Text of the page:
“But I don’t want the wedge salad.”

“I’ll get up and walk out of this restaurant. I’ll force-feed you my sea bass until you’ve got at least ten dollars’ worth of fillet inside you.”

“I’d love to see you try.”

“Goddammit, Ben."

He flashed a smile of understanding. It was that smile, private and small, that was the only thing preventing her from getting up and walking out of the restaurant. There was nowhere she could go—no one she could talk to—who would understand as well as this man the way her throat tightened in a combination of fear and rage. Ben would offer her sympathy and make her smile and put her back on her feet so she could face whatever happened next, no questions asked.

It was why they were such good friends. Emphasis on friend.

“I know, Livvie. Believe me—I know. You’d like to kick me in the face with one of your high heels right now, wouldn’t you?”

“I really would.”

“We can make that part of the arrangement, if it helps.”

She choked on a laugh. On the very few occasions she’d allowed herself to imagine what it would be like to be with Ben—really be with him, the way nature and sexual organs and his perfect body intended—dominance hadn’t figured in the picture. She wasn’t against that kind of play as a general rule, but there were a host of other things she wanted to do to him first.

Not that she ever would. She liked Ben. She loved Ben. He was one of the first men she’d met in New York who’d treated her as an actual human being. Livvie remembered very little about that time in her life except for an overwhelming urge to wipe the world of its male population. At just twenty years of age, her younger bitch-face plastered on billboards across the country, she’d met dozens of men every day—rich and powerful and handsome men, men with every opportunity fed to them with silver spoons—and not a single one of them looked at her and thought, Now, there’s a person I’d like to get to know. At least, not unless the knowing involved biblical implications.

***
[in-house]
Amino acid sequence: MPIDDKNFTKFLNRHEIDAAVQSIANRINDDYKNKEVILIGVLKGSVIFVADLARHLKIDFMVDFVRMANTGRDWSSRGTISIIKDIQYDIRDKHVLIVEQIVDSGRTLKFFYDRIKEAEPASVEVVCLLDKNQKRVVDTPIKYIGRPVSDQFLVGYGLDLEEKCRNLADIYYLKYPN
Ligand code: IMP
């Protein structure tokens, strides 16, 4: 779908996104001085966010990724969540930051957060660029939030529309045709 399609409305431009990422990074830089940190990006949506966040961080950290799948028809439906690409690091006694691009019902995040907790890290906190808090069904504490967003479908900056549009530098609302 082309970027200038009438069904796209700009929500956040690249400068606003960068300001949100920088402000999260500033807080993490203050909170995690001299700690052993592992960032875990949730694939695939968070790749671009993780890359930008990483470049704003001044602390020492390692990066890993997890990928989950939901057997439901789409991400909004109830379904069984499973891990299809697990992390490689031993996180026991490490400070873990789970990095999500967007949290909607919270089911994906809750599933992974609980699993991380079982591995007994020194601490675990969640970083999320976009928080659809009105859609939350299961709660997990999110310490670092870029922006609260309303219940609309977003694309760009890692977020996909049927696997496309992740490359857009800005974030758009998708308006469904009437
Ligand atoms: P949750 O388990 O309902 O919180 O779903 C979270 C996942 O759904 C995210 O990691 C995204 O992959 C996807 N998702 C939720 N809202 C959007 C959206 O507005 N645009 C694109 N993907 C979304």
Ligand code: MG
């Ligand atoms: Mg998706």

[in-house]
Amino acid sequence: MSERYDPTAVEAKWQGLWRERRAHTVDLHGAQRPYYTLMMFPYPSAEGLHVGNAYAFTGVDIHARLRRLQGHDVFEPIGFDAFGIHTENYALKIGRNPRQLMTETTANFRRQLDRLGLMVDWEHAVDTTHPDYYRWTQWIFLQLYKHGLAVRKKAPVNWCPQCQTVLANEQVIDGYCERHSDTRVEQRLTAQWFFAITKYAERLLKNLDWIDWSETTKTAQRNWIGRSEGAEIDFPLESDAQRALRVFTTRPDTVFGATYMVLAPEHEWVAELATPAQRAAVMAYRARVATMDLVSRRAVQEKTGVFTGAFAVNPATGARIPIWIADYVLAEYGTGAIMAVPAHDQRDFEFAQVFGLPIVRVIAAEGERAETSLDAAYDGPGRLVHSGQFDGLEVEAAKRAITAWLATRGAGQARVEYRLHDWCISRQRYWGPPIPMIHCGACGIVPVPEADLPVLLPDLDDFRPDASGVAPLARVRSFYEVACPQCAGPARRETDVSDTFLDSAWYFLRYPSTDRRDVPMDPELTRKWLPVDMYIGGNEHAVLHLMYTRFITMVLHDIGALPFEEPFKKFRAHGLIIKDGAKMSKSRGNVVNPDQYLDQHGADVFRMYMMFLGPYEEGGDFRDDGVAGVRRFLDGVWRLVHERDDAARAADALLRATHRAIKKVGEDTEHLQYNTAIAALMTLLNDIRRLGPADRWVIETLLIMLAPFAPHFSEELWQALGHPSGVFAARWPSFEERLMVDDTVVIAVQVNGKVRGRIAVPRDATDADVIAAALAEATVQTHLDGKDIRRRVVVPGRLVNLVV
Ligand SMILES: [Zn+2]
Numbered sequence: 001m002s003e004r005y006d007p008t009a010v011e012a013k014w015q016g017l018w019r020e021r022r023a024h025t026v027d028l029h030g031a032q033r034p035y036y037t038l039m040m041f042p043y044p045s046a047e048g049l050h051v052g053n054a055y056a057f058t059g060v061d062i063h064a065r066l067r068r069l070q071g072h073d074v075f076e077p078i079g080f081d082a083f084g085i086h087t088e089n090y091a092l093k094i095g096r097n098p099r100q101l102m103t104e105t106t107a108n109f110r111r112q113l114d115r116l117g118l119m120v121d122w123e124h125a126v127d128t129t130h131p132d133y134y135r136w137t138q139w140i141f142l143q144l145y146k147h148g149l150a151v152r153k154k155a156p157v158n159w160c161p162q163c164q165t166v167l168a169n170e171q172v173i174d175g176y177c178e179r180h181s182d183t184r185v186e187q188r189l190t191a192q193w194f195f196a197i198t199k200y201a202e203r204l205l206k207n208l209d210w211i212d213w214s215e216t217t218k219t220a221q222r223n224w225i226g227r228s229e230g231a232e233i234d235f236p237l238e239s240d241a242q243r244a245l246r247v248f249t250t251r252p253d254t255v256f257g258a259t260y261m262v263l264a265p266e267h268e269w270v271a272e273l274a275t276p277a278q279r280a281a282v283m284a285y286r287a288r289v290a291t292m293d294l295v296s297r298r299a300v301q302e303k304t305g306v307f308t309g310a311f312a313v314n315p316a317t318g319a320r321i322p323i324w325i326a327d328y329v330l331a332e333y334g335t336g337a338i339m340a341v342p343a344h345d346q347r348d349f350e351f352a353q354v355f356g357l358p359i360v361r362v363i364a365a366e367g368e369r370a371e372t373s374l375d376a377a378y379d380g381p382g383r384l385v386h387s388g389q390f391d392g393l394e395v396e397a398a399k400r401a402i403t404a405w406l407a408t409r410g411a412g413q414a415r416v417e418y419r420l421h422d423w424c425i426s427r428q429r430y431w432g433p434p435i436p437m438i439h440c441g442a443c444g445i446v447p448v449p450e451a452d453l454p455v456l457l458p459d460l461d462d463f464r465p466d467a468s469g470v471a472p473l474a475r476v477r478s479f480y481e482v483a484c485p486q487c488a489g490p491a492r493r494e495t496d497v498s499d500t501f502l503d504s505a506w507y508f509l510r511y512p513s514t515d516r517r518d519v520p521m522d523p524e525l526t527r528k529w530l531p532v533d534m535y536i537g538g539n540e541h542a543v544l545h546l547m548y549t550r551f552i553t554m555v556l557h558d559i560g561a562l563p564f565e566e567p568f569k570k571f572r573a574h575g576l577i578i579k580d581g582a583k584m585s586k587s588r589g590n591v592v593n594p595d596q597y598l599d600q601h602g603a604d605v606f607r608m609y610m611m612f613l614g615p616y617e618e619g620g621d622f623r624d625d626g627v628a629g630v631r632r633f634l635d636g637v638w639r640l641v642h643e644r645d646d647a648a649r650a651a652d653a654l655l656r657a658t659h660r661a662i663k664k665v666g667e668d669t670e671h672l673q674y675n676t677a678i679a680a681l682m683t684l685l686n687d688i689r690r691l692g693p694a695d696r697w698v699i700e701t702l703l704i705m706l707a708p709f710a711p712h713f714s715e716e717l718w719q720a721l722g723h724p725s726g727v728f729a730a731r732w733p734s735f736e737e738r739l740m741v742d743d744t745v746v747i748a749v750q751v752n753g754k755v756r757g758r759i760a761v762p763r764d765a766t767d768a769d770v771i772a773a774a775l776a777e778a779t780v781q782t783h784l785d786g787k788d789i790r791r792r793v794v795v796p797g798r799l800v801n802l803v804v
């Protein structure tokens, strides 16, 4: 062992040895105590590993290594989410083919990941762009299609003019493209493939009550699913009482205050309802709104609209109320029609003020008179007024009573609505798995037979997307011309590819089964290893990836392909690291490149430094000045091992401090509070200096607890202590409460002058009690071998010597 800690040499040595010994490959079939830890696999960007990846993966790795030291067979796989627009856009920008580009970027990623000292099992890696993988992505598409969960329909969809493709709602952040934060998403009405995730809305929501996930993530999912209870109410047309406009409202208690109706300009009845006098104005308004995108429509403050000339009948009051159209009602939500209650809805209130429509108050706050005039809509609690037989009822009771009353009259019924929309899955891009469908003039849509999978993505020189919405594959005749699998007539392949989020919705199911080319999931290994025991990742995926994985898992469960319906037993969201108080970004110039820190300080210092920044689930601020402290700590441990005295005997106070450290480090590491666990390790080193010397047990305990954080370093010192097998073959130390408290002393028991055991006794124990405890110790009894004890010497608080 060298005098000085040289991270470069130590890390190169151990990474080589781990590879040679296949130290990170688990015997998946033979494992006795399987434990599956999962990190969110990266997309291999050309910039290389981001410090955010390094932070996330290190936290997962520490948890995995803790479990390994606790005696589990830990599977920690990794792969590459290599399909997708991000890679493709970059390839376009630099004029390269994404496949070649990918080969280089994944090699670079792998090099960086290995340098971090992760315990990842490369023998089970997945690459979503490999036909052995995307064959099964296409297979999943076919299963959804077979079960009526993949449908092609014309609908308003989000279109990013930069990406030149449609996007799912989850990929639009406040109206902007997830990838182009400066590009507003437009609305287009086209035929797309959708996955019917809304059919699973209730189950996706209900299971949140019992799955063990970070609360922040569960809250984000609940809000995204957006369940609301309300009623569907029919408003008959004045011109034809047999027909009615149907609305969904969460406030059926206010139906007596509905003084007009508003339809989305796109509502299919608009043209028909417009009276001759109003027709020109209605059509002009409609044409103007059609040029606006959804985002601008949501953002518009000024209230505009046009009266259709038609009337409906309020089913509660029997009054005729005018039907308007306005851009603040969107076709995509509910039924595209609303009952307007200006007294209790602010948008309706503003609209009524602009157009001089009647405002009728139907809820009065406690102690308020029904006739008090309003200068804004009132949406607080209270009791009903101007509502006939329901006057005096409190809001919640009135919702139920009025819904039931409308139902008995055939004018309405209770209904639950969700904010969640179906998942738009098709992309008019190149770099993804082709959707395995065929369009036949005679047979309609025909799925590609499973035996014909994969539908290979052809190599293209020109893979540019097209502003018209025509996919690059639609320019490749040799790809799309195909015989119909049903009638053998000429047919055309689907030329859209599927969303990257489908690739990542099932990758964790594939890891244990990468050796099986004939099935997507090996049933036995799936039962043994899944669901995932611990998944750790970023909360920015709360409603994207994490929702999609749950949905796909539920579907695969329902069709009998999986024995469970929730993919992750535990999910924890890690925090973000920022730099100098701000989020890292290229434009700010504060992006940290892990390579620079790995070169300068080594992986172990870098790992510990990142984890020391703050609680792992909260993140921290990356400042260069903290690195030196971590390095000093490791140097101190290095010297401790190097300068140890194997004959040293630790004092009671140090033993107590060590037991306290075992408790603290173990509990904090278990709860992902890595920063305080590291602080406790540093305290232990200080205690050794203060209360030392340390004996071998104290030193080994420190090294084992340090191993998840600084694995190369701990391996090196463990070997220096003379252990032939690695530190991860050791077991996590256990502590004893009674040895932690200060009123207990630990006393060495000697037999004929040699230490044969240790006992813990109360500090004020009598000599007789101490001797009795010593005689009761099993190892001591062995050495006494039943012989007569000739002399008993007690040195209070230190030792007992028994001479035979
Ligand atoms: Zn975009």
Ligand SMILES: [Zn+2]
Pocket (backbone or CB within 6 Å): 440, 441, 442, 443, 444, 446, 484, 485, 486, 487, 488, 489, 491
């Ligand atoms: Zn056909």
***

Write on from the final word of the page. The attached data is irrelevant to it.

Except Ben. Suave Ben. Funny Ben. Sitting-next-to-her-at-a-dinner-party-and-making-origami-out-of-napkins Ben. He hadn’t quite reached his current state of intoxicating charm yet, but there had been no denying his animal magnetism was fully charged and ready to go. He hadn’t pressed her for anything beyond friendship, though. For the first time since she was fourteen, a man had shown interest in her that wasn’t sexual in nature, and she’d basked in it.

She’d been basking in it ever since.

The waiter came around again, this time with their plates of food and another gimlet. She hadn’t finished the first one yet, but now seemed as good a time as any to overindulge, so she kicked hers back and handed off the empty glass.

She was grateful for her lush-like behavior about two seconds later, when Ben dipped a hand into an interior pocket. In her experience, that was where men kept things like theater tickets and jewelry and the burner phones they used to separate their wives from their mistresses. The velvet box he extracted clearly fell into the middle category. Livvie felt a profound urge to jolt out of her seat again, but something about the way he pushed it across the table had her frozen in place.

“You don’t have to open it right away.” He spoke quickly, as if afraid she might flee. “But you should know that I refuse to take it back. If you don’t pick it up, it belongs to the busboy.”